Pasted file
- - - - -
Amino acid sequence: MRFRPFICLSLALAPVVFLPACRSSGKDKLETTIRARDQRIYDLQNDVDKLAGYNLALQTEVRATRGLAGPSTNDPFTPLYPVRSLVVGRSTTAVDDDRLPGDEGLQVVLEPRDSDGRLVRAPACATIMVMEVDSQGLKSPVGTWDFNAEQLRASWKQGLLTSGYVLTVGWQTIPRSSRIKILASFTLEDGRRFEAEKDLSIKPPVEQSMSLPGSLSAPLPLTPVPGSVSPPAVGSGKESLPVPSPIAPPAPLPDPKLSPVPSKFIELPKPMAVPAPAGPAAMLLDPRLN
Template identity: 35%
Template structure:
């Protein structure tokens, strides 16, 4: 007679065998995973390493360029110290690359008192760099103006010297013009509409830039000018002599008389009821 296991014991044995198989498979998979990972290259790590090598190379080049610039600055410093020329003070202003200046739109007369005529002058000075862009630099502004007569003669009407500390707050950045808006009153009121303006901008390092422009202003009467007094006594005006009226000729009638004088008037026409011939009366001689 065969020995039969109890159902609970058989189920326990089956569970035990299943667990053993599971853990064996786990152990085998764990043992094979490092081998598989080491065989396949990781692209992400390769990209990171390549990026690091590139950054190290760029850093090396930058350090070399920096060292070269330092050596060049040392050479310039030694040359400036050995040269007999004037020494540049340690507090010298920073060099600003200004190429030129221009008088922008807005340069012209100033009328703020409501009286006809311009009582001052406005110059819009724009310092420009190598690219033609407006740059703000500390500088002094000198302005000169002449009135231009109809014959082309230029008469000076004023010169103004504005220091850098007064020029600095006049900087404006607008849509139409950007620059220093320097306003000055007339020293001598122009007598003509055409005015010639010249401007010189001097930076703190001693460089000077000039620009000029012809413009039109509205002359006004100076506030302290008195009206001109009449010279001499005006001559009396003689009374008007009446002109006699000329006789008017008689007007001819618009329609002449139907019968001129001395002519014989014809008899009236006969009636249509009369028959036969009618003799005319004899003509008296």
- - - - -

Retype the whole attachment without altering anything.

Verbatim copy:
Amino acid sequence: MRFRPFICLSLALAPVVFLPACRSSGKDKLETTIRARDQRIYDLQNDVDKLAGYNLALQTEVRATRGLAGPSTNDPFTPLYPVRSLVVGRSTTAVDDDRLPGDEGLQVVLEPRDSDGRLVRAPACATIMVMEVDSQGLKSPVGTWDFNAEQLRASWKQGLLTSGYVLTVGWQTIPRSSRIKILASFTLEDGRRFEAEKDLSIKPPVEQSMSLPGSLSAPLPLTPVPGSVSPPAVGSGKESLPVPSPIAPPAPLPDPKLSPVPSKFIELPKPMAVPAPAGPAAMLLDPRLN
Template identity: 35%
Template structure:
């Protein structure tokens, strides 16, 4: 007679065998995973390493360029110290690359008192760099103006010297013009509409830039000018002599008389009821 296991014991044995198989498979998979990972290259790590090598190379080049610039600055410093020329003070202003200046739109007369005529002058000075862009630099502004007569003669009407500390707050950045808006009153009121303006901008390092422009202003009467007094006594005006009226000729009638004088008037026409011939009366001689 065969020995039969109890159902609970058989189920326990089956569970035990299943667990053993599971853990064996786990152990085998764990043992094979490092081998598989080491065989396949990781692209992400390769990209990171390549990026690091590139950054190290760029850093090396930058350090070399920096060292070269330092050596060049040392050479310039030694040359400036050995040269007999004037020494540049340690507090010298920073060099600003200004190429030129221009008088922008807005340069012209100033009328703020409501009286006809311009009582001052406005110059819009724009310092420009190598690219033609407006740059703000500390500088002094000198302005000169002449009135231009109809014959082309230029008469000076004023010169103004504005220091850098007064020029600095006049900087404006607008849509139409950007620059220093320097306003000055007339020293001598122009007598003509055409005015010639010249401007010189001097930076703190001693460089000077000039620009000029012809413009039109509205002359006004100076506030302290008195009206001109009449010279001499005006001559009396003689009374008007009446002109006699000329006789008017008689007007001819618009329609002449139907019968001129001395002519014989014809008899009236006969009636249509009369028959036969009618003799005319004899003509008296």